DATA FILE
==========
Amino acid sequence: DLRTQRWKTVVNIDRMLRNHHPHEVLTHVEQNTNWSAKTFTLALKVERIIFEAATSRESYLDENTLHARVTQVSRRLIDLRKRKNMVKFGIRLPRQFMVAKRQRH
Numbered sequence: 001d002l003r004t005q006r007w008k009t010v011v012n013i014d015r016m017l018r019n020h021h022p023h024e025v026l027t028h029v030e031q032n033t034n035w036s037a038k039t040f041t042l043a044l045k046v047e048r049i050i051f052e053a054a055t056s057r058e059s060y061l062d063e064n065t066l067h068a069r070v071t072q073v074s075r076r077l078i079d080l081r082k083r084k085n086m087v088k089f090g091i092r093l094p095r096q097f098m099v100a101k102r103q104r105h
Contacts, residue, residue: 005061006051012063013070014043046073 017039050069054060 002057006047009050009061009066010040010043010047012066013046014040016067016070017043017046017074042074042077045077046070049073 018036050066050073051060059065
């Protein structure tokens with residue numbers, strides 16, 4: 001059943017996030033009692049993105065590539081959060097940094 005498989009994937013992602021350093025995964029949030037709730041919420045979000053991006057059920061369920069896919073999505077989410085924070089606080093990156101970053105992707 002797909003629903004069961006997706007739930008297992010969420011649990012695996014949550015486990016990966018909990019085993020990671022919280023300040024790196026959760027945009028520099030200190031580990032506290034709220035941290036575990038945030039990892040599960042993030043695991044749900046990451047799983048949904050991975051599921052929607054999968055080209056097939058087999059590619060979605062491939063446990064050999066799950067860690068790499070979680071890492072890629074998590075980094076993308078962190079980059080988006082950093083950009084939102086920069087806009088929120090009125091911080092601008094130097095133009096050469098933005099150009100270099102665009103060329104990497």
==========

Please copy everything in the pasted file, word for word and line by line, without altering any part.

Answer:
Amino acid sequence: DLRTQRWKTVVNIDRMLRNHHPHEVLTHVEQNTNWSAKTFTLALKVERIIFEAATSRESYLDENTLHARVTQVSRRLIDLRKRKNMVKFGIRLPRQFMVAKRQRH
Numbered sequence: 001d002l003r004t005q006r007w008k009t010v011v012n013i014d015r016m017l018r019n020h021h022p023h024e025v026l027t028h029v030e031q032n033t034n035w036s037a038k039t040f041t042l043a044l045k046v047e048r049i050i051f052e053a054a055t056s057r058e059s060y061l062d063e064n065t066l067h068a069r070v071t072q073v074s075r076r077l078i079d080l081r082k083r084k085n086m087v088k089f090g091i092r093l094p095r096q097f098m099v100a101k102r103q104r105h
Contacts, residue, residue: 005061006051012063013070014043046073 017039050069054060 002057006047009050009061009066010040010043010047012066013046014040016067016070017043017046017074042074042077045077046070049073 018036050066050073051060059065
């Protein structure tokens with residue numbers, strides 16, 4: 001059943017996030033009692049993105065590539081959060097940094 005498989009994937013992602021350093025995964029949030037709730041919420045979000053991006057059920061369920069896919073999505077989410085924070089606080093990156101970053105992707 002797909003629903004069961006997706007739930008297992010969420011649990012695996014949550015486990016990966018909990019085993020990671022919280023300040024790196026959760027945009028520099030200190031580990032506290034709220035941290036575990038945030039990892040599960042993030043695991044749900046990451047799983048949904050991975051599921052929607054999968055080209056097939058087999059590619060979605062491939063446990064050999066799950067860690068790499070979680071890492072890629074998590075980094076993308078962190079980059080988006082950093083950009084939102086920069087806009088929120090009125091911080092601008094130097095133009096050469098933005099150009100270099102665009103060329104990497």